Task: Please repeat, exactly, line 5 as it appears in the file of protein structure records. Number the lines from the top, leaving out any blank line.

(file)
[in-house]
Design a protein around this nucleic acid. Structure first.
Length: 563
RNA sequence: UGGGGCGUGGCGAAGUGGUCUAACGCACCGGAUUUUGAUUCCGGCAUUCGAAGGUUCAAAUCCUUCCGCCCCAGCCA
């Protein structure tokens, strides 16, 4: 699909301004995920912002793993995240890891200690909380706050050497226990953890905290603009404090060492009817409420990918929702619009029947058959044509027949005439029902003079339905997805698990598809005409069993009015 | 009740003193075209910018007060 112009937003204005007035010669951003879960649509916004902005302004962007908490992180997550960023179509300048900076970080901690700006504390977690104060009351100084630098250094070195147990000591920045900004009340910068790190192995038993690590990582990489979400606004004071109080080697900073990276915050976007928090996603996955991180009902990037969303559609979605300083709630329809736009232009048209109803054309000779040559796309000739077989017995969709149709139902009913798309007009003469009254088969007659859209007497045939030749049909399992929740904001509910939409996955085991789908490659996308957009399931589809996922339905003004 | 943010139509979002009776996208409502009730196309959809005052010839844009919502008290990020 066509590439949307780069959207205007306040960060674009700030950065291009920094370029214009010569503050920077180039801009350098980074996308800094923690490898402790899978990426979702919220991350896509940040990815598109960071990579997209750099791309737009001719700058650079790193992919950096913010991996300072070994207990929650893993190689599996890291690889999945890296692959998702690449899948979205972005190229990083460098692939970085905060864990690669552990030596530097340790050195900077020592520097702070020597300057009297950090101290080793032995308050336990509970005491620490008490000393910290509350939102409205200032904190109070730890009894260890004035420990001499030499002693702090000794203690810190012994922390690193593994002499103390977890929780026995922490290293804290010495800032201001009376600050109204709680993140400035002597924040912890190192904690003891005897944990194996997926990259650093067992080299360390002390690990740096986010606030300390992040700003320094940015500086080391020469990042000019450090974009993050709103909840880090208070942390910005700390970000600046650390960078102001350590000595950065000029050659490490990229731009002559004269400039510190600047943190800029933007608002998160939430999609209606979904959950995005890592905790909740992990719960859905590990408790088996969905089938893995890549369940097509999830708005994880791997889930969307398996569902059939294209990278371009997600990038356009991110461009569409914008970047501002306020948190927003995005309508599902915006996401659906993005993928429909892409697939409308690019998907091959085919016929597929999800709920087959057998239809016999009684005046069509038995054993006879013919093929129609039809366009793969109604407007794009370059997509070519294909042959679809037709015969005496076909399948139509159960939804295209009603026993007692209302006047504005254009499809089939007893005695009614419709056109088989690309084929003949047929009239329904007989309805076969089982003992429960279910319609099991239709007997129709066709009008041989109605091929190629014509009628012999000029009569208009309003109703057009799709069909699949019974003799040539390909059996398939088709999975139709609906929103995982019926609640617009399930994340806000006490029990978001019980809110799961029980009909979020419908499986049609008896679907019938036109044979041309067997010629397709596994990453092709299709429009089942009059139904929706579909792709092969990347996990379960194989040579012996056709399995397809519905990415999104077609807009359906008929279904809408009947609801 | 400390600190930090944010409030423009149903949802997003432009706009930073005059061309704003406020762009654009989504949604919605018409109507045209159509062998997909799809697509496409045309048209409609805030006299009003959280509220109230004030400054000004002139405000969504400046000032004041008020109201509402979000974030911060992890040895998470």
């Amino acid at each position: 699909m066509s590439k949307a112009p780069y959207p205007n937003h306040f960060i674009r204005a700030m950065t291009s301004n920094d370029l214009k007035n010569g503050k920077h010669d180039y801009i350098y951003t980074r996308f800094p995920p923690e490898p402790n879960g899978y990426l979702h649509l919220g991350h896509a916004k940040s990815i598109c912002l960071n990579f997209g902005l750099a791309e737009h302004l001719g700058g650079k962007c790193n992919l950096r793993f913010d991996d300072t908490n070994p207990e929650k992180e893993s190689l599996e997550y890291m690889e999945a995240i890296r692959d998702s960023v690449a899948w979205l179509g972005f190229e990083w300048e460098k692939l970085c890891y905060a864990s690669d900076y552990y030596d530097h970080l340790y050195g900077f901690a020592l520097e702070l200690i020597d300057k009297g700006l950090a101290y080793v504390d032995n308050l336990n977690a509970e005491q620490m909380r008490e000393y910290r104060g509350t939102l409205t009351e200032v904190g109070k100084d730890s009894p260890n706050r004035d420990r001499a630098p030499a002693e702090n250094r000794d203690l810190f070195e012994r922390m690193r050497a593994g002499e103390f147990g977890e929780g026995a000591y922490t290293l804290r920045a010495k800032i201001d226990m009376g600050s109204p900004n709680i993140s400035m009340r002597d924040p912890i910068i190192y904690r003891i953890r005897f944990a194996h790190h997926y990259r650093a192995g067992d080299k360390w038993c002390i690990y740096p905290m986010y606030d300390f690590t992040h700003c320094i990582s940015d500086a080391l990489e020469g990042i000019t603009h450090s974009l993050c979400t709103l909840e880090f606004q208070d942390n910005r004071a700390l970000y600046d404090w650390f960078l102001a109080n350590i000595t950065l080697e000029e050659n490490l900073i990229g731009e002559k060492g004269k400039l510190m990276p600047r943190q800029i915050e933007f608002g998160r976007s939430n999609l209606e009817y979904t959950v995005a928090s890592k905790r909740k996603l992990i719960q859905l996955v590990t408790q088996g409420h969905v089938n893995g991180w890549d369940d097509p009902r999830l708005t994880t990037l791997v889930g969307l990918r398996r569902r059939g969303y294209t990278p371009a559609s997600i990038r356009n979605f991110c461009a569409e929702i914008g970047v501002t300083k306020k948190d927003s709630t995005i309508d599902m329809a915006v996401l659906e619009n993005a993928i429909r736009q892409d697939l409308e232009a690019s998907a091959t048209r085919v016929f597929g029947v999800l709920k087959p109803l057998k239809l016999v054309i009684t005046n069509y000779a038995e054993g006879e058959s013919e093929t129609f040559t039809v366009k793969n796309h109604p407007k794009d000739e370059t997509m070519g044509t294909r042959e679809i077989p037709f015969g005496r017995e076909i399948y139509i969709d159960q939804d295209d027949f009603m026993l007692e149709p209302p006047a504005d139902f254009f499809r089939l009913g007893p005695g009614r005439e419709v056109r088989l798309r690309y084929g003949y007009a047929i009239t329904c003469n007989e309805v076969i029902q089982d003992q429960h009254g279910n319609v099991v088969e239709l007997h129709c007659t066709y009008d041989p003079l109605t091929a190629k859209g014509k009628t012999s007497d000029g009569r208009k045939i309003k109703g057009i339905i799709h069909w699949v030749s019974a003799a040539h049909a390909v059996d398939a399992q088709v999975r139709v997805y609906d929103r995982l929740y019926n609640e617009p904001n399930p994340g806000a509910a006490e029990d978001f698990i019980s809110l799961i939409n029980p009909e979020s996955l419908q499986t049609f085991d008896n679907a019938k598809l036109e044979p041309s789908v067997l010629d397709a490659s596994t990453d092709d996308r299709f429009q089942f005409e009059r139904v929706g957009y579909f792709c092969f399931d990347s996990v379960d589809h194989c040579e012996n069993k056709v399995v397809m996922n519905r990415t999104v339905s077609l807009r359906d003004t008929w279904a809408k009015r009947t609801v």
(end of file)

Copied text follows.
């Protein structure tokens, strides 16, 4: 699909301004995920912002793993995240890891200690909380706050050497226990953890905290603009404090060492009817409420990918929702619009029947058959044509027949005439029902003079339905997805698990598809005409069993009015 | 009740003193075209910018007060 112009937003204005007035010669951003879960649509916004902005302004962007908490992180997550960023179509300048900076970080901690700006504390977690104060009351100084630098250094070195147990000591920045900004009340910068790190192995038993690590990582990489979400606004004071109080080697900073990276915050976007928090996603996955991180009902990037969303559609979605300083709630329809736009232009048209109803054309000779040559796309000739077989017995969709149709139902009913798309007009003469009254088969007659859209007497045939030749049909399992929740904001509910939409996955085991789908490659996308957009399931589809996922339905003004 | 943010139509979002009776996208409502009730196309959809005052010839844009919502008290990020 066509590439949307780069959207205007306040960060674009700030950065291009920094370029214009010569503050920077180039801009350098980074996308800094923690490898402790899978990426979702919220991350896509940040990815598109960071990579997209750099791309737009001719700058650079790193992919950096913010991996300072070994207990929650893993190689599996890291690889999945890296692959998702690449899948979205972005190229990083460098692939970085905060864990690669552990030596530097340790050195900077020592520097702070020597300057009297950090101290080793032995308050336990509970005491620490008490000393910290509350939102409205200032904190109070730890009894260890004035420990001499030499002693702090000794203690810190012994922390690193593994002499103390977890929780026995922490290293804290010495800032201001009376600050109204709680993140400035002597924040912890190192904690003891005897944990194996997926990259650093067992080299360390002390690990740096986010606030300390992040700003320094940015500086080391020469990042000019450090974009993050709103909840880090208070942390910005700390970000600046650390960078102001350590000595950065000029050659490490990229731009002559004269400039510190600047943190800029933007608002998160939430999609209606979904959950995005890592905790909740992990719960859905590990408790088996969905089938893995890549369940097509999830708005994880791997889930969307398996569902059939294209990278371009997600990038356009991110461009569409914008970047501002306020948190927003995005309508599902915006996401659906993005993928429909892409697939409308690019998907091959085919016929597929999800709920087959057998239809016999009684005046069509038995054993006879013919093929129609039809366009793969109604407007794009370059997509070519294909042959679809037709015969005496076909399948139509159960939804295209009603026993007692209302006047504005254009499809089939007893005695009614419709056109088989690309084929003949047929009239329904007989309805076969089982003992429960279910319609099991239709007997129709066709009008041989109605091929190629014509009628012999000029009569208009309003109703057009799709069909699949019974003799040539390909059996398939088709999975139709609906929103995982019926609640617009399930994340806000006490029990978001019980809110799961029980009909979020419908499986049609008896679907019938036109044979041309067997010629397709596994990453092709299709429009089942009059139904929706579909792709092969990347996990379960194989040579012996056709399995397809519905990415999104077609807009359906008929279904809408009947609801 | 400390600190930090944010409030423009149903949802997003432009706009930073005059061309704003406020762009654009989504949604919605018409109507045209159509062998997909799809697509496409045309048209409609805030006299009003959280509220109230004030400054000004002139405000969504400046000032004041008020109201509402979000974030911060992890040895998470």